Forlini adds that carbs are often misunderstood. Older adults may just need more education on them, he says.

“Your doctor may tell you to limit your carb intake,” he says. “That really means empty carbs, like sugar. And it doesn’t mean you can’t ever have a sweet dessert. Just have a smaller piece,” although that advice may vary for people with diabetes, who should follow physician recommendations on carb-intake.

Because many older adults deal with health issues such as heart disease and high blood pressure, Forlini notes that culinary services at Diakon vary menus, with less red meat and meatless options. Most foods are prepared in-house from scratch, he explains, and use low-sodium products or are made only with naturally occurring salt and no added sodium.

“We learn about residents’ diet history, their medical history, what foods and drinks they like,” he says. “We don’t tell them they can’t have this or that food. We always offer alternatives.”

Griffith and Forlini agree that fad diets aren’t the answer if you’re trying to eat healthier. Here are five suggestions they make for greater success:

Forget the word “diet.” Think lifestyle changes, Griffith says. “You are changing habits versus cutting things out.”

Make small changes, gradually. You are more likely to stick with the diet than if you overhaul your entire way of eating all at once.

Don’t cut out complete food groups. If you’ve read that fruits are high in sugar, that doesn’t mean you stop eating them altogether. “Many fruits are good sources of minerals, fiber and anti-oxidants,” Forlini says.

Have pizza or a slice of your friend’s birthday cake—just don’t do it every day and pay attention to the carb count if you are diabetic. Good nutrition is not made or broken in one day, Griffith says. “I call those kinds of food good for the soul; we all need those.”

Think of the foods you eat as helping you fight disease. “The American health-care system is more reactive, treating people after they get sick,” Forlini says. “Dietitians and nutritionists are “pro-active,” using food to prevent or reduce the disease state.”

If you’re looking for a tried-and-true approach to healthy eating, Griffith and Forlini recommend the Mediterranean food plan. It focuses on eating smaller portions of meat, more seafood, plenty of vegetables, healthy fats and whole grains.

A promise amidst the “panxiety”

Corona virus.

COVID-19.

Pandemic.

We take all necessary precautions. Buy the items we need. Practice self-isolation and social distancing.

We’ve done all we can. Or have we?

We all seem to have a list of things about which we’re anxious. Pandemic leads to what I might call “panxiety.”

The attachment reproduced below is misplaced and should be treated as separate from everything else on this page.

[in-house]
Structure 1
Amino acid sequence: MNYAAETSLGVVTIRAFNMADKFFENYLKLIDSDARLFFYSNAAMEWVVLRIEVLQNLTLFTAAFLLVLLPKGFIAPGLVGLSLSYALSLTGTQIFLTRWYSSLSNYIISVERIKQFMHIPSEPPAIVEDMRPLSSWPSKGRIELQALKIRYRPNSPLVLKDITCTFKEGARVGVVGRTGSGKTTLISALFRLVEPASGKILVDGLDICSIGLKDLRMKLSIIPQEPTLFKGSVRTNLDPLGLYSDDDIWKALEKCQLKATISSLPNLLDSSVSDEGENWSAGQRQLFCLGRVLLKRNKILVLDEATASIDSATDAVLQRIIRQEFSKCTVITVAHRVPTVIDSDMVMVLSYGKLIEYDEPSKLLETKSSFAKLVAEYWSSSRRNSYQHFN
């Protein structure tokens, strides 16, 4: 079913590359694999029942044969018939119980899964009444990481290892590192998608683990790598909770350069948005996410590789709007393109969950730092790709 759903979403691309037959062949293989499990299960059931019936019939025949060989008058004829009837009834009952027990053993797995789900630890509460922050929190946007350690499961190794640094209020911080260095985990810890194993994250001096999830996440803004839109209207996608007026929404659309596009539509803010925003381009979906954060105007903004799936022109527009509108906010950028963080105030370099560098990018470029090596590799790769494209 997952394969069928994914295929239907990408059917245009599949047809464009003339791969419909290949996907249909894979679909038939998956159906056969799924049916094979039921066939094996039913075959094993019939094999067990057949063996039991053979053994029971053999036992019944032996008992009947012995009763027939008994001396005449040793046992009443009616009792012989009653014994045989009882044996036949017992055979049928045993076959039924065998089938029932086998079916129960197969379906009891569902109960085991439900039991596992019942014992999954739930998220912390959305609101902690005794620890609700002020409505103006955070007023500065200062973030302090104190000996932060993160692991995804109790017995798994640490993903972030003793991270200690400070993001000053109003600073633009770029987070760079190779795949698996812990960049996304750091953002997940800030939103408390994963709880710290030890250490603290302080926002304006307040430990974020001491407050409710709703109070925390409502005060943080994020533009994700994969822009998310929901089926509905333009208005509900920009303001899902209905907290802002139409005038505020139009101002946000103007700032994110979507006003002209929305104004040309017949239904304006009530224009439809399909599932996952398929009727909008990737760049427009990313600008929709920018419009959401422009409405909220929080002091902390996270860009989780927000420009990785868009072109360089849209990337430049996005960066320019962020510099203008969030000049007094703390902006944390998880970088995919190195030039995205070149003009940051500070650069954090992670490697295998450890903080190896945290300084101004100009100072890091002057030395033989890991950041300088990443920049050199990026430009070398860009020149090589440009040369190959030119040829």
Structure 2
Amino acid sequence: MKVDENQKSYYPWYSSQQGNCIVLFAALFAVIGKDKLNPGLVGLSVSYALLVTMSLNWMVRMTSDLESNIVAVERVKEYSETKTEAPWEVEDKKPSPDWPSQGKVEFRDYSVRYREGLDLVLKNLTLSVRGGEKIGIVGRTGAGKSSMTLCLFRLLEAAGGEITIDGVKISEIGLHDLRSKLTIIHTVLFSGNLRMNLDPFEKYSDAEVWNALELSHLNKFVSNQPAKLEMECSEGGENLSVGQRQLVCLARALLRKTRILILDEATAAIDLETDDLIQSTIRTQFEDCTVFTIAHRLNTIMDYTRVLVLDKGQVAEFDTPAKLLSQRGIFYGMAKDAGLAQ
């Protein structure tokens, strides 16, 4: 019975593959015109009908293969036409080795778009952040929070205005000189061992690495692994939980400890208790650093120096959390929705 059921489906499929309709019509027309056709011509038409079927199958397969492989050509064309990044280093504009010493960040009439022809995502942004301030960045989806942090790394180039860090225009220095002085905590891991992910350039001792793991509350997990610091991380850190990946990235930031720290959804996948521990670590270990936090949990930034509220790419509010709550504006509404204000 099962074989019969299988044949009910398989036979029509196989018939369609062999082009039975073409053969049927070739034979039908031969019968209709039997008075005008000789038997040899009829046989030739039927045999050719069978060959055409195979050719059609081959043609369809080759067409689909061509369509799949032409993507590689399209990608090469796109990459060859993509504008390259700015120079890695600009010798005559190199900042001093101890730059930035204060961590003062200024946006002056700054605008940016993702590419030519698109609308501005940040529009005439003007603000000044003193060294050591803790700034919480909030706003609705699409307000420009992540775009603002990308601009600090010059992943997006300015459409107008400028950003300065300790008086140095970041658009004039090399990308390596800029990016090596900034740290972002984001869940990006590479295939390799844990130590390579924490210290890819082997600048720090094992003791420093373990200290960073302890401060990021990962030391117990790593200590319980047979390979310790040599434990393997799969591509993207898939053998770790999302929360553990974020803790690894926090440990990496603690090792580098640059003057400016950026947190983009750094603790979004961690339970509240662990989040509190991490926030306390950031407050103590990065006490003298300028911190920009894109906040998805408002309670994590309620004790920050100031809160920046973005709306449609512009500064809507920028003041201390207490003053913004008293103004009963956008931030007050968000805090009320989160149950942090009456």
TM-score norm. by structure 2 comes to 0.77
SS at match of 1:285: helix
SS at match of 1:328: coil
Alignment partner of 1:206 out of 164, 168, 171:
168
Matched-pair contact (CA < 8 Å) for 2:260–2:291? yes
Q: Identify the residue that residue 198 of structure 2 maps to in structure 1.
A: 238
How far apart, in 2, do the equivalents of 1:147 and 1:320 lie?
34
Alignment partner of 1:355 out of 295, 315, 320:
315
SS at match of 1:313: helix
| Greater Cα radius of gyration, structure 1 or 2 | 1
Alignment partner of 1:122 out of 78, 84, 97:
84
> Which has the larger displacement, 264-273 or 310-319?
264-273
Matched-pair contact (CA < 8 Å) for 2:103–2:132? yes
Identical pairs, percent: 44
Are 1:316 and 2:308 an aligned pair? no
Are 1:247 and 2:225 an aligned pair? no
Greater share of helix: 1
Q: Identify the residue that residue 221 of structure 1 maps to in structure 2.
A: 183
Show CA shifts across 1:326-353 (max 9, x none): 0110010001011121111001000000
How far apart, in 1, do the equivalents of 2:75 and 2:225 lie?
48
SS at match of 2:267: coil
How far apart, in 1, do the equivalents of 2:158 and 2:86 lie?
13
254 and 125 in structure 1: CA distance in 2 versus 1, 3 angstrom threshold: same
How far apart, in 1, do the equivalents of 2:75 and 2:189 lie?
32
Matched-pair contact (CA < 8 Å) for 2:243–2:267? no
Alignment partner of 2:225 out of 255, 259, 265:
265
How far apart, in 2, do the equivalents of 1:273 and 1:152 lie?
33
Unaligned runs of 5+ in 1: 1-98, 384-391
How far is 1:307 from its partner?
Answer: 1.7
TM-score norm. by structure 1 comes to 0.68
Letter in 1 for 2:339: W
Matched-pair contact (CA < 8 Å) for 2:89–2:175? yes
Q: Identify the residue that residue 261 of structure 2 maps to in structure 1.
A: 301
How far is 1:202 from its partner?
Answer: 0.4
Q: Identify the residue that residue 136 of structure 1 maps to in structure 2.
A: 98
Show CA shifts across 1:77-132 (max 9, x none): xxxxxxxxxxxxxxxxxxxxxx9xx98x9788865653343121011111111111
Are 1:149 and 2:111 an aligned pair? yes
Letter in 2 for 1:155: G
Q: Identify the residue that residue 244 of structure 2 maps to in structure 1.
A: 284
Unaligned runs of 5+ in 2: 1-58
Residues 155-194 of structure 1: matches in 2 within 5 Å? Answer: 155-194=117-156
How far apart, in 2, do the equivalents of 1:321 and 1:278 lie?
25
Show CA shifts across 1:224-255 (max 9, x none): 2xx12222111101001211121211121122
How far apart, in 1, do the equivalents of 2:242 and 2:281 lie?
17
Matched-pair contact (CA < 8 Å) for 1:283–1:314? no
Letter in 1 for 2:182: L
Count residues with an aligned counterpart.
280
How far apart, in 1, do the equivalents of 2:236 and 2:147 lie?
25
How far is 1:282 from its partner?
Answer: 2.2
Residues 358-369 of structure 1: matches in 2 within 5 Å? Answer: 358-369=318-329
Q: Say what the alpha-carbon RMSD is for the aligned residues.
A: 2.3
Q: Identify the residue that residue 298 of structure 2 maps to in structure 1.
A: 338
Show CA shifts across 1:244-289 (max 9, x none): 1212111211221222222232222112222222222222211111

It’s everywhere. We all see it, experience it, feel it. Yet in the midst of panxiety also comes a recollection, a feeling, a memory, a belief, of promise.

And for me, St. Paul’s words from Romans provided that promise: “For I am convinced that neither death, nor life, nor angels, nor rulers, nor things present, nor things to come, nor powers, nor height, nor depth, nor anything else in all creation, will separate us from the love of God in Christ Jesus, our Lord” (Romans 8:38-39).

Nothing can separate us from God’s love.

Not pandemic.

Not panxiety.

By Rev. Mark A. Wimmer, MBA

Vice President, Church Relations and Community Partnerships

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Care that makes you feel at home

In my new role, I am now associated with a number of Diakon senior living communities and if there is one consistent factor I see, it’s the fact that our staff members recognize that no two people are alike.

That means we have to develop specialized care and an individualized approach to meet each person’s needs and preferences. Our goal always is to provide care in just the manner you or your loved one prefers.

In fact, that’s the secret to successful long-term care: Making our residents, their families and our staff teams feel part of a family.

The attributes of this type of care also offer a guide for you as you consider a long-term care community:

• Warm-hearted care. The care team should offer 24-hour nursing support in an inviting, welcoming environment. They should always listen to you and your loved one’s concerns, needs and desires to provide the most personalized service.